Historic cemetery to get £2m heritage facelift
A £2 million plan to restore the United Synagogue’s historic Willesden cemetery, where many of the community’s most illustrious figures are buried, has received an initial £321,000 grant from the Heritage Lottery Fund.
The scheme incorporates a new visitor centre, a permanent exhibition and online education project and is one of a number of heritage programmes the US is looking to develop over the next five years in time for its 150th anniversary. It will be recruiting a heritage staff team and establishing a heritage committee including representatives of listed synagogues.
Willesden cemetery dates back to Victorian times and those buried there include Tesco founder Jack Cohen, a New Zealand prime minister, Julius Vogel, the first Jewish MP, Lionel de Rothschild and scientist Rosalind Franklin, a major contributor to the discovery of DNA. From the arts world, burials include bandleader Geraldo, actress Yvonne Mitchell, artist Mark Gertler and film director Michael Winner. Mr Winner’s gravestone was designed by three-time Academy Award nominee for art direction, Crispian Sallis.
Although it still has the occasional burial, the cemetery is virtually full with 20,000 graves.
The first stage of the project will incorporate maintenance and the restoration of some key features. The second part will involve public access and education. A biodiversity element includes t h e p o t e n t i a l replanting of a Jewish medieval garden, decimated in a wartime bombing.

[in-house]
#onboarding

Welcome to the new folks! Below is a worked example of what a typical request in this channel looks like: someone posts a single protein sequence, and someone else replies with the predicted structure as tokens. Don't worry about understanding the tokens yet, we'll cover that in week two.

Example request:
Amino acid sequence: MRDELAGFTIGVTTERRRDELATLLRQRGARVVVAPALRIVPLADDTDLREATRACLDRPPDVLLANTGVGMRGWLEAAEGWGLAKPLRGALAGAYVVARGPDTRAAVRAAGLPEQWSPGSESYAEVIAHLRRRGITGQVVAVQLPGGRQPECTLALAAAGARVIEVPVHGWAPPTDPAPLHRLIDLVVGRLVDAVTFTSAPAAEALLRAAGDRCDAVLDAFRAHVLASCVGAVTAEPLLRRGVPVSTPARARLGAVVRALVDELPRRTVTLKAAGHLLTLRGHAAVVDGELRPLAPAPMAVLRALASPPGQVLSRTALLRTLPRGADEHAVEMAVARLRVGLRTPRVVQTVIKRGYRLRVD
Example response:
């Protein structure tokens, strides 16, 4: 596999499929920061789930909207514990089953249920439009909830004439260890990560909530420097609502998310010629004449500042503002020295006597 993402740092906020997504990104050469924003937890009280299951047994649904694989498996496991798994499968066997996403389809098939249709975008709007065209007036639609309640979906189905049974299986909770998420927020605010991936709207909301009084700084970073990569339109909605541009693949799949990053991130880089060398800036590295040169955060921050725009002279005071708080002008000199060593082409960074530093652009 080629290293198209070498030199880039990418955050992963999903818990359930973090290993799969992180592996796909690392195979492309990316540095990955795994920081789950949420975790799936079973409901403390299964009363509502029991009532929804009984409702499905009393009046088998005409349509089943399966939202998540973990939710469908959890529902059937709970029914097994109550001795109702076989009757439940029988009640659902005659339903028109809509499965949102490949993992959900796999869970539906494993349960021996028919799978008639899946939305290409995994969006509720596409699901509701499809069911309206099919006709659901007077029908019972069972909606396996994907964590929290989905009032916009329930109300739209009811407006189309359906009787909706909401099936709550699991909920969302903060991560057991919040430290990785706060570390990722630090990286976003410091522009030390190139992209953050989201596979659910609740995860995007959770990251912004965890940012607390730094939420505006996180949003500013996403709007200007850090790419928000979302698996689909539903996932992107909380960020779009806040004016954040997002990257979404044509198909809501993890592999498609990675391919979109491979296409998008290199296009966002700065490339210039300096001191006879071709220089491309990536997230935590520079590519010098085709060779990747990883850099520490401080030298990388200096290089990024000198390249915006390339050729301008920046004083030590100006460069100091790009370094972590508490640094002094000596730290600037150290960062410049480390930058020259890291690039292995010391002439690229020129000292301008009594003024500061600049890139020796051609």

During the consultation period, the US discovered Michael Winner’s grave archived files about the original flora, many with Biblical links. The hope is that further Lottery grants will fund the entire c o s t o f t he project.
US heritage c h i e f A l e x G o l d b e r g said it was “looking to create an
u n d e r - standing of our past and what it means for both our contemporary community and wider society today. That is why alongside renovating the cemetery, we want to use both digital and more traditional educational tools to tell the story of our community, allowing visitors to have a better understanding of where we have come from.”
The US president, Stephen Pack, added that “by learning about our past, we strengthen our future.
“I am very proud that the United Synagogue is playing a significant role in enabling students from wider UK society to have a better appreciation and insight into our community and